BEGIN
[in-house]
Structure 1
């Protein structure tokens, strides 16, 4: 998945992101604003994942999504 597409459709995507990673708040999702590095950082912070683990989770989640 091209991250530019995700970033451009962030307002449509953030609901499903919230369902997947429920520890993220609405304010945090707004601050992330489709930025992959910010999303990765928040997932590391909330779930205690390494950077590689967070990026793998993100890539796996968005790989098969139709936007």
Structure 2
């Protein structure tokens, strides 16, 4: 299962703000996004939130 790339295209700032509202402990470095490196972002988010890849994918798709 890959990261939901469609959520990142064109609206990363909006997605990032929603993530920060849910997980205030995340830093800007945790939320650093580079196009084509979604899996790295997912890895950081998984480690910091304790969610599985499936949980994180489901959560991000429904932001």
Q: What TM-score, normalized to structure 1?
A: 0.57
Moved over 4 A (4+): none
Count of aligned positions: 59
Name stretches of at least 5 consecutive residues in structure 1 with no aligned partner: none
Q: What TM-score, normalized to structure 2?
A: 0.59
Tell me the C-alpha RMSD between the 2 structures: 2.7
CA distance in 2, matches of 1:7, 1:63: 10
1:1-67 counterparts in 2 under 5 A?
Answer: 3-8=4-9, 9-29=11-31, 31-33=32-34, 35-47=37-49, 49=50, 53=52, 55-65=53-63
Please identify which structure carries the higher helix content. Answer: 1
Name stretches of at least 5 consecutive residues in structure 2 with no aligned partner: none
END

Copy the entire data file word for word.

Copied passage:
[in-house]
Structure 1
């Protein structure tokens, strides 16, 4: 998945992101604003994942999504 597409459709995507990673708040999702590095950082912070683990989770989640 091209991250530019995700970033451009962030307002449509953030609901499903919230369902997947429920520890993220609405304010945090707004601050992330489709930025992959910010999303990765928040997932590391909330779930205690390494950077590689967070990026793998993100890539796996968005790989098969139709936007």
Structure 2
């Protein structure tokens, strides 16, 4: 299962703000996004939130 790339295209700032509202402990470095490196972002988010890849994918798709 890959990261939901469609959520990142064109609206990363909006997605990032929603993530920060849910997980205030995340830093800007945790939320650093580079196009084509979604899996790295997912890895950081998984480690910091304790969610599985499936949980994180489901959560991000429904932001």
Q: What TM-score, normalized to structure 1?
A: 0.57
Moved over 4 A (4+): none
Count of aligned positions: 59
Name stretches of at least 5 consecutive residues in structure 1 with no aligned partner: none
Q: What TM-score, normalized to structure 2?
A: 0.59
Tell me the C-alpha RMSD between the 2 structures: 2.7
CA distance in 2, matches of 1:7, 1:63: 10
1:1-67 counterparts in 2 under 5 A?
Answer: 3-8=4-9, 9-29=11-31, 31-33=32-34, 35-47=37-49, 49=50, 53=52, 55-65=53-63
Please identify which structure carries the higher helix content. Answer: 1
Name stretches of at least 5 consecutive residues in structure 2 with no aligned partner: none